The Rest of the Week

I’m linking up with Conversion Diary again today.

My seven quick takes are pretty much all about what we’ve been doing this week with Grandma and Grandpa, in addition to the horseback riding and scavenger hunt that I’ve already posted about this week. That’s because I’m in the middle of nowhere and I have nothing else to talk about. But I do have a fabulous recipe for you that I’ve been meaning to share. So I’ll start with that.

1. Cauliflower crust pizza. Dee. Lish. Us. It is a great way to eat pizza if you don’t eat gluten or grains. You start by making cauli-rice (which itself is a good substitute for rice):


Then add a few ingredients to make it into a crust (recipe here).

Before baking the crust:




It’s surprisingly easy, and my kids LOVE it. Get the recipe here. It really is good. You can even pick up a slice and eat it like regular pizza.


One tip – Don’t skimp on the step that stresses that you must get as much water out of the cauli-rice as possible before mixing in the other ingredients. I wrap it in a towel and squeeze the heck out of that stuff and still end up pressing a paper towel on it after shaping it into a crust (but before baking) to get out as much moisture as possible.

Try it. You’ll like it.

2. Okay, here’s where I’ll get into telling you all about what else we’ve been doing with G&G.


DSC_0553 DSC_0560

This pool sits on a hill in my parents’ yard. One corner of it has no water. The opposite one, the “deep end,” has only about 8 inches. Still, you’d think it was the best thing ever.

DSC_0575 DSC_0576

3. Another visit to the local nature center. This time we got to see all the animals.

IMG_2288 IMG_2294


The snakes were still the favorite though.

IMG_2306My big girls both chose $2 rubber snakes as their souvenirs. They have been sleeping with them. Are my kids the only ones who like to sleep with fake rubbery snake toys?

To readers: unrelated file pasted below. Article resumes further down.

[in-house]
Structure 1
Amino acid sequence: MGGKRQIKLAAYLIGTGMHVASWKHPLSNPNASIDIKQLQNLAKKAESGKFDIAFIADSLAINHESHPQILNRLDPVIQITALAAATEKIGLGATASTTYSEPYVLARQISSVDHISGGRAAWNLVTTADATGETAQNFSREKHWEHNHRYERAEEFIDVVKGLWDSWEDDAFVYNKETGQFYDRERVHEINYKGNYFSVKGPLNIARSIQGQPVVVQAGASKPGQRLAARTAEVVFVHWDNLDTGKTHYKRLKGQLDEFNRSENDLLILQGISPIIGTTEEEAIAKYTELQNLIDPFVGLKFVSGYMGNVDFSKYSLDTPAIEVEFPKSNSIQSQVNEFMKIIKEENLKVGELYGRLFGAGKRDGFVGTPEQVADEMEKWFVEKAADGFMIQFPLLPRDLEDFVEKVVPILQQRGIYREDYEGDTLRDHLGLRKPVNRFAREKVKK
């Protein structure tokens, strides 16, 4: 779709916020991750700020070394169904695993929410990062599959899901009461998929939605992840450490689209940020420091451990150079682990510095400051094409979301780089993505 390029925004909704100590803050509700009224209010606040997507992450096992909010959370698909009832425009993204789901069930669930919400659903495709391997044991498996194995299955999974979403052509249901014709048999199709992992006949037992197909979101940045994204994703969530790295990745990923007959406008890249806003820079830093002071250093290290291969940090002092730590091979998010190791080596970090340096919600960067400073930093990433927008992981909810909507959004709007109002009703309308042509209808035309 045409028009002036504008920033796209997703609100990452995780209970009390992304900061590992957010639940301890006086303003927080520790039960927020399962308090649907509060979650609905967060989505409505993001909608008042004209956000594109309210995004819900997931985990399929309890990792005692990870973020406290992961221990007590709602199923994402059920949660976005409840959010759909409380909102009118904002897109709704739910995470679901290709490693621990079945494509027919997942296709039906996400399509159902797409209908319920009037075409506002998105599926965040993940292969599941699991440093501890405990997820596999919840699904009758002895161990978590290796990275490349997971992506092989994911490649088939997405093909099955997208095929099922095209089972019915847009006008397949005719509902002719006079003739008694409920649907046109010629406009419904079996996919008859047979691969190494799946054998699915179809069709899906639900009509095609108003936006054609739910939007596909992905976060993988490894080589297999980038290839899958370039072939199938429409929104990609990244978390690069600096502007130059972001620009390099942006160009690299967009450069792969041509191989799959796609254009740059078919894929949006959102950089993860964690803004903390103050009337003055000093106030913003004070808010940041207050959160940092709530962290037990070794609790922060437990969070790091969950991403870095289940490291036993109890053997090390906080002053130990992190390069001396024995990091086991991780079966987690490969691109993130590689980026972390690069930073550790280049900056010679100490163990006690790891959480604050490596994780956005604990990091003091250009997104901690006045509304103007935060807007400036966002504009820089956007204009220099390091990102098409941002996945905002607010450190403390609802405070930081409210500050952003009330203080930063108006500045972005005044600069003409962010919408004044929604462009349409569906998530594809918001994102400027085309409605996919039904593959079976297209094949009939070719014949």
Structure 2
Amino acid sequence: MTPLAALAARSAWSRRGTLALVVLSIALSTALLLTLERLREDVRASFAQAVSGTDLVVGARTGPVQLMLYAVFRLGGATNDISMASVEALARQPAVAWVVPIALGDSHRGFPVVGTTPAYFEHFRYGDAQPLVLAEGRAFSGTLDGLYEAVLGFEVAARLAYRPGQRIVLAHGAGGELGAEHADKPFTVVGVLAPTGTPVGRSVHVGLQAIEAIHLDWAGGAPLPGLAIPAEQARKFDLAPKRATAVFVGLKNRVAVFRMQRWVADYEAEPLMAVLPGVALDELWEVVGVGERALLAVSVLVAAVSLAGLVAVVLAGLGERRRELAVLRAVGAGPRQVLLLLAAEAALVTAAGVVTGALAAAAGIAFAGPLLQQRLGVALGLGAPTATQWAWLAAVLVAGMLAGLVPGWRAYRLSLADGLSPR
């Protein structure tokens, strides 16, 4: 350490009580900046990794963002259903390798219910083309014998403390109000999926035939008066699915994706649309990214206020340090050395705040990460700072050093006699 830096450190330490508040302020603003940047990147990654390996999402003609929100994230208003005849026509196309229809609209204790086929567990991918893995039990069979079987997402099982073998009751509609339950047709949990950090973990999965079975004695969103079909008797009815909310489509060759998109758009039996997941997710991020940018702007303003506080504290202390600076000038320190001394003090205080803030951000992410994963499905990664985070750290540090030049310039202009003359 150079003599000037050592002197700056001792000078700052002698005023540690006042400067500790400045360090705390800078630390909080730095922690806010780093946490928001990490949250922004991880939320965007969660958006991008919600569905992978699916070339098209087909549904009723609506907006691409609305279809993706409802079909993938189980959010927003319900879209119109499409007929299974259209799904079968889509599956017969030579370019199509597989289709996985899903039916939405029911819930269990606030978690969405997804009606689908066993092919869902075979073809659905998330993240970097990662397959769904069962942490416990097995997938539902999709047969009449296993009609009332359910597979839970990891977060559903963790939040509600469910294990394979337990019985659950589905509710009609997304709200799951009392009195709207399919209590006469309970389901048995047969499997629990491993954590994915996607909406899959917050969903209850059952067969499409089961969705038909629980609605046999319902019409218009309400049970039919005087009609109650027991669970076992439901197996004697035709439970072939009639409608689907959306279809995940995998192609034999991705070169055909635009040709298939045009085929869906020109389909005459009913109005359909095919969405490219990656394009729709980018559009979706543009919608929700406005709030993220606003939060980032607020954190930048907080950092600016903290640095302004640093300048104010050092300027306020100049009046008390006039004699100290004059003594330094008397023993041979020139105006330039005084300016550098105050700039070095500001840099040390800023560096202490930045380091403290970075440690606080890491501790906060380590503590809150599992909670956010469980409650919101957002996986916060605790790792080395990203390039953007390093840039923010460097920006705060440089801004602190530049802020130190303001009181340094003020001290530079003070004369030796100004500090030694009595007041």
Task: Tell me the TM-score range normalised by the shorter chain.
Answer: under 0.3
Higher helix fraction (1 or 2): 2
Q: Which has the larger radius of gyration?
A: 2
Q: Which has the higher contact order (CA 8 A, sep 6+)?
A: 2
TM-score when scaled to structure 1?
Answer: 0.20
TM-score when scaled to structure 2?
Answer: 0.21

Lass has even named a new snake species for hers – “Jumping, Flying, Camouflage Snake.”

4. The beach:

IMG_2335 IMG_2354 IMG_2359Chasing butterflies:

IMG_2367 IMG_2371 IMG_2383The beach was awesome until a work crew of half a dozen adolescent boys showed up on their lunch break and decided to go for a swim. In their underwear.

We got out of the water at that point, but we had already had a great morning.

5. I was just informing my husband that we are going out to dinner tonight with my parents and the girls. The conversation went like this:

Me: “We’re going out to dinner again tonight”

Him: “Okay.”

Me: “We’re going to try to get there at about 5, because it’s a sit down place where they bring food.”

Him: “You mean a restaurant?”

Ah motherhood, where every conversation is affected by thoughts of your kids and you feel the need to clarify that the eating establishment you will be attending has wait staff who will bring the food to you instead of a buffet or order-at-the-counter arrangement.

6. Because you know you were dying to see pics of our parade yesterday:

DSC_0485 DSC_0487 DSC_0511

7. And the grand finale:

My parents have some friends who were kind enough to invite us to watch the fireworks at their great lakefront house, which just happens to be right across the bay from the spot where they launch the show.


No battling traffic. No porta potties. No crowds. Nice.

They even had some pre-show home fireworks in the yard.



We tried to catch some fireflies, but it was too windy. We could only see them in the woods, and it was too freaking dark for me to go very far into the woods, even for fireflies for my kids. Plus Lass heard a boom from some fireworks and she turned around and took off running willy nilly into the dark and toward the water, so we had to abandon Operation Firefly promptly.


But the girls forgot all about the fireflies when the big fireworks started.

DSC_0572DSC_0562 DSC_0560Have a great holiday weekend.

Easter. A Birthday. I. Am. Blessed.

We had a fun-filled Easter.

We woke up to yarn trails leading to Easter baskets and an egg hunt.

DSC_0485 DSC_0493 DSC_0502 DSC_0513 DSC_0518 DSC_0521

We tried a new recipe for Easter breakfast. I had seen “Resurrection Rolls” mentioned on other blogs and probably on Pinterest too. I didn’t really consider making them until a good friend suggested it, mentioning that it is a fun way for kids to get a visual/hands on learning experience of the whole Jesus-in-the-tomb-and-then-not-in-the-tomb/Resurrection thing. Though we read several books about it, I’m still not very good at explaining this stuff to my kids (this is all very new, here), so I decided to give it a try (and make our traditional Easter breakfast of creamed eggs for lunch or dinner).

The girls had a lot of fun rolling the marshmallow “Jesuses” in the butter and cinnamon sugar and wrapping them up in the crescent roll “tombs.”

DSC_0541 DSC_0525 DSC_0527 DSC_0532